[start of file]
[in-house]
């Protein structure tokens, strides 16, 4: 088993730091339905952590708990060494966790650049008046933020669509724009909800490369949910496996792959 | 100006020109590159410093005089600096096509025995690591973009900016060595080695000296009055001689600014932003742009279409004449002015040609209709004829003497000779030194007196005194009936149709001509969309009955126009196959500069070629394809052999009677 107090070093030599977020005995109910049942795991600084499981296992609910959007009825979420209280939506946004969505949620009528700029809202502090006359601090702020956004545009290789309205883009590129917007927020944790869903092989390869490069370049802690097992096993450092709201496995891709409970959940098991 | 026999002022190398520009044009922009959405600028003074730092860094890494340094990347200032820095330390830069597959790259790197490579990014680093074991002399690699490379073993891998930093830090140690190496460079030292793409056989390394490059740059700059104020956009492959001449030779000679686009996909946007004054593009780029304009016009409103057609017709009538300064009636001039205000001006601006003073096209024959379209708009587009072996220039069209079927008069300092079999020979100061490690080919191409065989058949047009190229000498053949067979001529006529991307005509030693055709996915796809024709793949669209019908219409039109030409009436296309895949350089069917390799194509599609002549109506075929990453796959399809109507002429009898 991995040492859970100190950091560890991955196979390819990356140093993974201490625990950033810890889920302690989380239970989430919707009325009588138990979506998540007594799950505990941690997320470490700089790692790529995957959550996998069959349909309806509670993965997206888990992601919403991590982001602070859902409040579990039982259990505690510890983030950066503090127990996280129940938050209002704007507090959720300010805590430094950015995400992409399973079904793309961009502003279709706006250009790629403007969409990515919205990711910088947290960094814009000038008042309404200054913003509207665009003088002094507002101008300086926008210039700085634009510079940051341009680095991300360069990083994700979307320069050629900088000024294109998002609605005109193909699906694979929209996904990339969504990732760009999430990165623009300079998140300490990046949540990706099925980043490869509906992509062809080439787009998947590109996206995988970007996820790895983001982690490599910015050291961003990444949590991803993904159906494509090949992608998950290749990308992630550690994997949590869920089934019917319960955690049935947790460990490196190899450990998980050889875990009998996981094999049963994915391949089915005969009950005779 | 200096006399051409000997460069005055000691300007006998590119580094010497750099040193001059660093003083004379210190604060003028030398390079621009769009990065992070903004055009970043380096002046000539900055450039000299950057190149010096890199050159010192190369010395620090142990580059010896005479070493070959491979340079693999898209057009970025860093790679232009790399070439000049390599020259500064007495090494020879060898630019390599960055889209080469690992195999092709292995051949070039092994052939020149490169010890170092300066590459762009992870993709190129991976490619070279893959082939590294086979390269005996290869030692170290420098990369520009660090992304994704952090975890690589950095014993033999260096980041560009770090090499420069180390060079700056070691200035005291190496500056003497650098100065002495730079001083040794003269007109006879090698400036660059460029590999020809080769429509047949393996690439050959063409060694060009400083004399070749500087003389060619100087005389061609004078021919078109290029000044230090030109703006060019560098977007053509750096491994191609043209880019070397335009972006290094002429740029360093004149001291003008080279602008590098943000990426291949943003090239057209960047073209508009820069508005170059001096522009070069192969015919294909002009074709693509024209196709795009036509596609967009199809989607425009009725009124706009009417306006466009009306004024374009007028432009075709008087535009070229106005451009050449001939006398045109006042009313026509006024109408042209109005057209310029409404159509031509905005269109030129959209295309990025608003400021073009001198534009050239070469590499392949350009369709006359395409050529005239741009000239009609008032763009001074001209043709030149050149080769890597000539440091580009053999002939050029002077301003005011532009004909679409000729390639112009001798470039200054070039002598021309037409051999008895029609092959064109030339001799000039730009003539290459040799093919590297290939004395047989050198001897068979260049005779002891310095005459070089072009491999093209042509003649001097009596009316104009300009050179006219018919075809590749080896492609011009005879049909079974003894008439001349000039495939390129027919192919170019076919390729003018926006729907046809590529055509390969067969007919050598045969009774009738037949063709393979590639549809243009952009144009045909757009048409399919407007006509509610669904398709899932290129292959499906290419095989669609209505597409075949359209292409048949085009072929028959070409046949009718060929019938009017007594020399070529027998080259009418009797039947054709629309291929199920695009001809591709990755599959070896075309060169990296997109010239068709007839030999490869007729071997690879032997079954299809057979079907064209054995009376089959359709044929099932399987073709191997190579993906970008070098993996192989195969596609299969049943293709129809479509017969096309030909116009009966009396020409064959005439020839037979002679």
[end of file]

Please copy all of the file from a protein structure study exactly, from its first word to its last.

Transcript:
[in-house]
């Protein structure tokens, strides 16, 4: 088993730091339905952590708990060494966790650049008046933020669509724009909800490369949910496996792959 | 100006020109590159410093005089600096096509025995690591973009900016060595080695000296009055001689600014932003742009279409004449002015040609209709004829003497000779030194007196005194009936149709001509969309009955126009196959500069070629394809052999009677 107090070093030599977020005995109910049942795991600084499981296992609910959007009825979420209280939506946004969505949620009528700029809202502090006359601090702020956004545009290789309205883009590129917007927020944790869903092989390869490069370049802690097992096993450092709201496995891709409970959940098991 | 026999002022190398520009044009922009959405600028003074730092860094890494340094990347200032820095330390830069597959790259790197490579990014680093074991002399690699490379073993891998930093830090140690190496460079030292793409056989390394490059740059700059104020956009492959001449030779000679686009996909946007004054593009780029304009016009409103057609017709009538300064009636001039205000001006601006003073096209024959379209708009587009072996220039069209079927008069300092079999020979100061490690080919191409065989058949047009190229000498053949067979001529006529991307005509030693055709996915796809024709793949669209019908219409039109030409009436296309895949350089069917390799194509599609002549109506075929990453796959399809109507002429009898 991995040492859970100190950091560890991955196979390819990356140093993974201490625990950033810890889920302690989380239970989430919707009325009588138990979506998540007594799950505990941690997320470490700089790692790529995957959550996998069959349909309806509670993965997206888990992601919403991590982001602070859902409040579990039982259990505690510890983030950066503090127990996280129940938050209002704007507090959720300010805590430094950015995400992409399973079904793309961009502003279709706006250009790629403007969409990515919205990711910088947290960094814009000038008042309404200054913003509207665009003088002094507002101008300086926008210039700085634009510079940051341009680095991300360069990083994700979307320069050629900088000024294109998002609605005109193909699906694979929209996904990339969504990732760009999430990165623009300079998140300490990046949540990706099925980043490869509906992509062809080439787009998947590109996206995988970007996820790895983001982690490599910015050291961003990444949590991803993904159906494509090949992608998950290749990308992630550690994997949590869920089934019917319960955690049935947790460990490196190899450990998980050889875990009998996981094999049963994915391949089915005969009950005779 | 200096006399051409000997460069005055000691300007006998590119580094010497750099040193001059660093003083004379210190604060003028030398390079621009769009990065992070903004055009970043380096002046000539900055450039000299950057190149010096890199050159010192190369010395620090142990580059010896005479070493070959491979340079693999898209057009970025860093790679232009790399070439000049390599020259500064007495090494020879060898630019390599960055889209080469690992195999092709292995051949070039092994052939020149490169010890170092300066590459762009992870993709190129991976490619070279893959082939590294086979390269005996290869030692170290420098990369520009660090992304994704952090975890690589950095014993033999260096980041560009770090090499420069180390060079700056070691200035005291190496500056003497650098100065002495730079001083040794003269007109006879090698400036660059460029590999020809080769429509047949393996690439050959063409060694060009400083004399070749500087003389060619100087005389061609004078021919078109290029000044230090030109703006060019560098977007053509750096491994191609043209880019070397335009972006290094002429740029360093004149001291003008080279602008590098943000990426291949943003090239057209960047073209508009820069508005170059001096522009070069192969015919294909002009074709693509024209196709795009036509596609967009199809989607425009009725009124706009009417306006466009009306004024374009007028432009075709008087535009070229106005451009050449001939006398045109006042009313026509006024109408042209109005057209310029409404159509031509905005269109030129959209295309990025608003400021073009001198534009050239070469590499392949350009369709006359395409050529005239741009000239009609008032763009001074001209043709030149050149080769890597000539440091580009053999002939050029002077301003005011532009004909679409000729390639112009001798470039200054070039002598021309037409051999008895029609092959064109030339001799000039730009003539290459040799093919590297290939004395047989050198001897068979260049005779002891310095005459070089072009491999093209042509003649001097009596009316104009300009050179006219018919075809590749080896492609011009005879049909079974003894008439001349000039495939390129027919192919170019076919390729003018926006729907046809590529055509390969067969007919050598045969009774009738037949063709393979590639549809243009952009144009045909757009048409399919407007006509509610669904398709899932290129292959499906290419095989669609209505597409075949359209292409048949085009072929028959070409046949009718060929019938009017007594020399070529027998080259009418009797039947054709629309291929199920695009001809591709990755599959070896075309060169990296997109010239068709007839030999490869007729071997690879032997079954299809057979079907064209054995009376089959359709044929099932399987073709191997190579993906970008070098993996192989195969596609299969049943293709129809479509017969096309030909116009009966009396020409064959005439020839037979002679």